Emerging drugs for diabetic neuropathy

Abd A Tahrani, Trevor Askwith, Martin J Stevens
Expert Opinion on Emerging Drugs 2010, 15 (4): 661-83

IMPORTANCE OF THE FIELD: Diabetic neuropathy (DN) is a very common and disabling diabetes-related complication. DN is associated with significant morbidity and mortality. Diabetic peripheral neuropathy (DPN) can be painful in the earlier stages of the disease before becoming painless. Most of the currently available therapies are symptomatic (focusing on pain relief) rather than disease-modifying. With the exception of good glycemic control, there is currently no effective treatment to slow the progression of or reverse DPN.

AREAS COVERED IN THIS REVIEW: In this article, we review the epidemiology, pathogenesis, currently available and future treatments for DPN, and the potential development issues/challenges related to such new therapies. Literature search was performed using PubMed, Medline and Pharmaprojects from 1950 onwards. Search terms include a combination of terms such as diabetic neuropathy, pathogenesis, pathophysiology, mechanisms, treatment, therapy, oxidative/nitrosative stress, anti-oxidants, serotonin, nitrotyrosine, protein kinase C, aldose reductase, sodium channels, taurine, lipoic acid and poly (ADP-ribose) polymerase.

WHAT THE READER WILL GAIN: The reader will gain an overview of the epidemiology, clinical features and risk factors of DN. In addition, the reader will have a better understanding of the mechanisms that underpin the development of DPN and their relationships to the current and future therapies. The reader will also develop an insight into the limitations of the current approach to DPN treatment and the potential avenues for future research.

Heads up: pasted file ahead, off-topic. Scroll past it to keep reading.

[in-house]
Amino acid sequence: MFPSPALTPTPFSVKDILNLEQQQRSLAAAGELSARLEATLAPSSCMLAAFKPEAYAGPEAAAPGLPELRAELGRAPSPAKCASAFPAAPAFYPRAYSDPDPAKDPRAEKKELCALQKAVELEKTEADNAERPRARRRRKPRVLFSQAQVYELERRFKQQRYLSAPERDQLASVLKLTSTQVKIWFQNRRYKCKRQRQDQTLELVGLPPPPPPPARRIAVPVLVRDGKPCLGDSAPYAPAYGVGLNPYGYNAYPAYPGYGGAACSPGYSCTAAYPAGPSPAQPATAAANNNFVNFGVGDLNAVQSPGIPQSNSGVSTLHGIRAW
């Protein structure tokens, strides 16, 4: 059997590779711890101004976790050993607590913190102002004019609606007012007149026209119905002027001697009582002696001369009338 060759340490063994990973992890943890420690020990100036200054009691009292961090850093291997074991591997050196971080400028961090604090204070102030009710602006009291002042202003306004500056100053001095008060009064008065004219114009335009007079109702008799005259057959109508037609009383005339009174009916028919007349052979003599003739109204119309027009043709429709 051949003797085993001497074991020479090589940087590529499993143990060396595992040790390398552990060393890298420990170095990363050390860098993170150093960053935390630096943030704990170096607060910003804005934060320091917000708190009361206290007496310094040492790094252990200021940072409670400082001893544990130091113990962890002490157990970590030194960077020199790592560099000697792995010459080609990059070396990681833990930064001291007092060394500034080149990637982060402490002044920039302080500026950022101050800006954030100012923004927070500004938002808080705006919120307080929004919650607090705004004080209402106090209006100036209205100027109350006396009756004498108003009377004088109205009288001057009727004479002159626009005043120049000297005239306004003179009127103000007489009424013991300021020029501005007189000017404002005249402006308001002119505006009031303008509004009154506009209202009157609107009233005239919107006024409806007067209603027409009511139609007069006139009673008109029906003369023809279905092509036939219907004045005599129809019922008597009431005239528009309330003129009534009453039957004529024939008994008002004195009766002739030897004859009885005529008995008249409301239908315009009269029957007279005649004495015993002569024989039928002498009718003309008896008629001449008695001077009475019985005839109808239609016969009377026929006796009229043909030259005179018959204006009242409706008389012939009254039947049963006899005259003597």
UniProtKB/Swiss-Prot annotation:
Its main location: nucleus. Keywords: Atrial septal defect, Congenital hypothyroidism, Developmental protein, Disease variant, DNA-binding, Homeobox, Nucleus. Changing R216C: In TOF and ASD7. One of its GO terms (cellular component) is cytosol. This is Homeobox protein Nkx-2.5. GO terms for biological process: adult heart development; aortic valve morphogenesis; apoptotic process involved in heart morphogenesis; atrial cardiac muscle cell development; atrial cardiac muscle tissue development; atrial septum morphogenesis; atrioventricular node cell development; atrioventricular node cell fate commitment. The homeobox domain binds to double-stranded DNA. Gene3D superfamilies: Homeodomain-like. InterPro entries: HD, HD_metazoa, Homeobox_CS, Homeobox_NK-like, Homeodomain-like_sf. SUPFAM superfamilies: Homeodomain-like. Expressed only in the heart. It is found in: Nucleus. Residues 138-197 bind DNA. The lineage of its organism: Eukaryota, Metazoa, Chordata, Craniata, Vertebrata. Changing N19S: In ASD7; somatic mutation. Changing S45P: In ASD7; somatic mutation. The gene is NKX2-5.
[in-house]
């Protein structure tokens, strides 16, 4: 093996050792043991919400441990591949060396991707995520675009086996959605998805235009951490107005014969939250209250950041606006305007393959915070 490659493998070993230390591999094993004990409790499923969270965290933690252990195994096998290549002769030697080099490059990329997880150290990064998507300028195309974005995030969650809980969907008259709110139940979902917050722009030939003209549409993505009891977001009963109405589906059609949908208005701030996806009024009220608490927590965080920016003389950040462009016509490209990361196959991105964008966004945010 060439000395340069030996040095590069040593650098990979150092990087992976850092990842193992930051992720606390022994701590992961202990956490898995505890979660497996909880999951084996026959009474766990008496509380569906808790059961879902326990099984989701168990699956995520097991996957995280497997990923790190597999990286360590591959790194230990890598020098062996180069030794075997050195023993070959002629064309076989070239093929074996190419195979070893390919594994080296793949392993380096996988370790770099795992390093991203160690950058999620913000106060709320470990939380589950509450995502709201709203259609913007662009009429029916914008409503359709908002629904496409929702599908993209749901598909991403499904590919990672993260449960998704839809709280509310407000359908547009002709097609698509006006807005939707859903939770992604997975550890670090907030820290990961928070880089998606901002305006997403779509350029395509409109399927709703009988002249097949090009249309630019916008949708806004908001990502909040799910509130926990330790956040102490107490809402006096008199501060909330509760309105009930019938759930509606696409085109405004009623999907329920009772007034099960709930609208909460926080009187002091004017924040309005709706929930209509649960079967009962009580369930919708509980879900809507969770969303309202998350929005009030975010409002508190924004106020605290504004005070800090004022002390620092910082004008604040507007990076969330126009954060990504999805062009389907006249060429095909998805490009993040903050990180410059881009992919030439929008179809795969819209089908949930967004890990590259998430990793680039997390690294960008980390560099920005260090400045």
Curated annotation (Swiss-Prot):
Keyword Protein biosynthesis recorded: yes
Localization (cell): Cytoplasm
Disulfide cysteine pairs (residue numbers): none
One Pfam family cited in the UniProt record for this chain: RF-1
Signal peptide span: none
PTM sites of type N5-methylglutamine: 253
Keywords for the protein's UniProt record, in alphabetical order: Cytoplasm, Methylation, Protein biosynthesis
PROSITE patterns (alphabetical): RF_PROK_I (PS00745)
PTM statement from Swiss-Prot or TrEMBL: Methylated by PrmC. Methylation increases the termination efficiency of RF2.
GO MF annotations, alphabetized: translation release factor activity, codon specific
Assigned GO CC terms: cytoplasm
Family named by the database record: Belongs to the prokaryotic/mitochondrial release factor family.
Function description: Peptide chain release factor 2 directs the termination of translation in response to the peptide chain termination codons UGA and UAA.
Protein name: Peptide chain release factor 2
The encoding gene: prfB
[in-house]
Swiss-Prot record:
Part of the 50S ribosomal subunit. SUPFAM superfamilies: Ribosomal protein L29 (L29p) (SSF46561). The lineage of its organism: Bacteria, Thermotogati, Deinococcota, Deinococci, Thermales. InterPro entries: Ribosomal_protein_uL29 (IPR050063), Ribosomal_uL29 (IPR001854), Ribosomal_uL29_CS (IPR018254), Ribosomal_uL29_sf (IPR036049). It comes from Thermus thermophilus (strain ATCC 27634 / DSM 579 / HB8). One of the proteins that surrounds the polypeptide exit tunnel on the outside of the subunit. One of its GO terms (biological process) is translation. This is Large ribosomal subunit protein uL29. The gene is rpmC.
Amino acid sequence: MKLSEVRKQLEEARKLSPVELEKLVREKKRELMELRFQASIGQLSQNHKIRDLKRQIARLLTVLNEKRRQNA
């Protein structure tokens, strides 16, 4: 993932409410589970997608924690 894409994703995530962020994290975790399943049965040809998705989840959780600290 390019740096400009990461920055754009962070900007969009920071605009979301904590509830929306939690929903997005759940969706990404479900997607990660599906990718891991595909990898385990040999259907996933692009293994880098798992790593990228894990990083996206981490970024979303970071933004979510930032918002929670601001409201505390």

TAKE HOME MESSAGE: DN is a very common and disabling complication that currently has no effective treatments other than diabetes control. The pathogenesis of DPN is complex and multi-factorial. Several disease-modifying and symptomatic treatments are currently under development. Oxidative and nitrosative stress have been identified as key pathogenic factors in the development of DPN and new treatments target these pathways and/or their downstream consequences. Gene therapy and growth factors have also emerged as potential new therapies that target particular cellular compartments as opposed to being delivered systemically. The recognition of the difficulty in reversing established DN has focused efforts on slowing its progression.

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